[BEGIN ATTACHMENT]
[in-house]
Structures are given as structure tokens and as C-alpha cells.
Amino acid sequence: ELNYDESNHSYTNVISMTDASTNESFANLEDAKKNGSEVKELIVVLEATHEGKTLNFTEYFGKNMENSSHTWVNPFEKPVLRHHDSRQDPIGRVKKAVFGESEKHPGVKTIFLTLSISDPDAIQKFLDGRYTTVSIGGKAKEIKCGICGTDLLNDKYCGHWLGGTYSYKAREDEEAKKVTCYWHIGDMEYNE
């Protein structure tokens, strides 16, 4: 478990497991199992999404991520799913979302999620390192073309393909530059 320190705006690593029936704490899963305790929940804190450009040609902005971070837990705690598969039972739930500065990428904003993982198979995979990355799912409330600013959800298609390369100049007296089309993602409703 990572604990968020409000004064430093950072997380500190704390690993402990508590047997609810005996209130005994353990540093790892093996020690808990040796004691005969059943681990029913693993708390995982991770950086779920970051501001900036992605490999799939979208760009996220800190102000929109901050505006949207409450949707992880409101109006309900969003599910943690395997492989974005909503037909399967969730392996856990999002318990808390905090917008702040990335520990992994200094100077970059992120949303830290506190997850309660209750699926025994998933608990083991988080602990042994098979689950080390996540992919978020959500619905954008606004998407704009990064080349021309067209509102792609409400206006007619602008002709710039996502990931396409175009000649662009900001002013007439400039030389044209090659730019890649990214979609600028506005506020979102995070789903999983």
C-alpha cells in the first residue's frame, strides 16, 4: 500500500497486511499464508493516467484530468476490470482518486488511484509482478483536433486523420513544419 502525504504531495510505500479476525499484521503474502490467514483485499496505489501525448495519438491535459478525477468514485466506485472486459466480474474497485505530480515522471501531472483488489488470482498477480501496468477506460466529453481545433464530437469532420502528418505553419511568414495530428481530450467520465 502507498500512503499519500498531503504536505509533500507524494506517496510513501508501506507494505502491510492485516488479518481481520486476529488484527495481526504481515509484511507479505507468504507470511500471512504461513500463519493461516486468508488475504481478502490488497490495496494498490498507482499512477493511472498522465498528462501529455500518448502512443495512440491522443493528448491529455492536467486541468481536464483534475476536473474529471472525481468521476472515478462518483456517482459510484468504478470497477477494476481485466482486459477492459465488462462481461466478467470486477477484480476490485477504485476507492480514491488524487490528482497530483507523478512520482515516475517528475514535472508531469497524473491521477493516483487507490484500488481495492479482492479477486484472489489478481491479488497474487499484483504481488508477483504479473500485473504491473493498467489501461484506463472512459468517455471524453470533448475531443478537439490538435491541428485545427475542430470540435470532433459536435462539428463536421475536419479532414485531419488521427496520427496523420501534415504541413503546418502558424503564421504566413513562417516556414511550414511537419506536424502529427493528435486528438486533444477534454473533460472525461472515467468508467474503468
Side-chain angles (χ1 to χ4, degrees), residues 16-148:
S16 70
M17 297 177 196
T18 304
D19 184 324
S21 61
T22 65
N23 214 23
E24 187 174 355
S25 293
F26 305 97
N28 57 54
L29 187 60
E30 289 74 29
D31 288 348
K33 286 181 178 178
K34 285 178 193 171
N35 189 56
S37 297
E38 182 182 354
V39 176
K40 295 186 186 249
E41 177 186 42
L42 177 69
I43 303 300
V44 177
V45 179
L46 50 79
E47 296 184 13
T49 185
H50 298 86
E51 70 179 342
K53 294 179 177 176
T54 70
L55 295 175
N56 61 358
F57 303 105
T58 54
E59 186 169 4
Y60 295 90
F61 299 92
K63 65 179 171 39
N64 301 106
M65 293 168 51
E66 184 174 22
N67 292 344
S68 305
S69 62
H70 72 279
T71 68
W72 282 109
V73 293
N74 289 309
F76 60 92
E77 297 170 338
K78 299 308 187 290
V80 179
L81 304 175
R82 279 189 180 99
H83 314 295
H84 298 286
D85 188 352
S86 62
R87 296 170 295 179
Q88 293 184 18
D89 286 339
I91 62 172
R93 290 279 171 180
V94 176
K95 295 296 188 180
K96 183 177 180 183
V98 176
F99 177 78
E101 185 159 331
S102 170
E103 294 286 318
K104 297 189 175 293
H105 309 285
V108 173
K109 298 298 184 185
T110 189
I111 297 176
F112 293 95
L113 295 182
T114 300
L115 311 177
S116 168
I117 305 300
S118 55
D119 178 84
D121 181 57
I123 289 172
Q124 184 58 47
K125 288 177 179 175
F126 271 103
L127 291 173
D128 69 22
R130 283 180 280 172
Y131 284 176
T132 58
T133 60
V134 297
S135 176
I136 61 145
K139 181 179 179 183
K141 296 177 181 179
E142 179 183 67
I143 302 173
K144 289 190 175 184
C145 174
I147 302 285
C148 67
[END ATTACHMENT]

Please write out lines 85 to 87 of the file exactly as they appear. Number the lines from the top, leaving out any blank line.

K109 298 298 184 185
T110 189
I111 297 176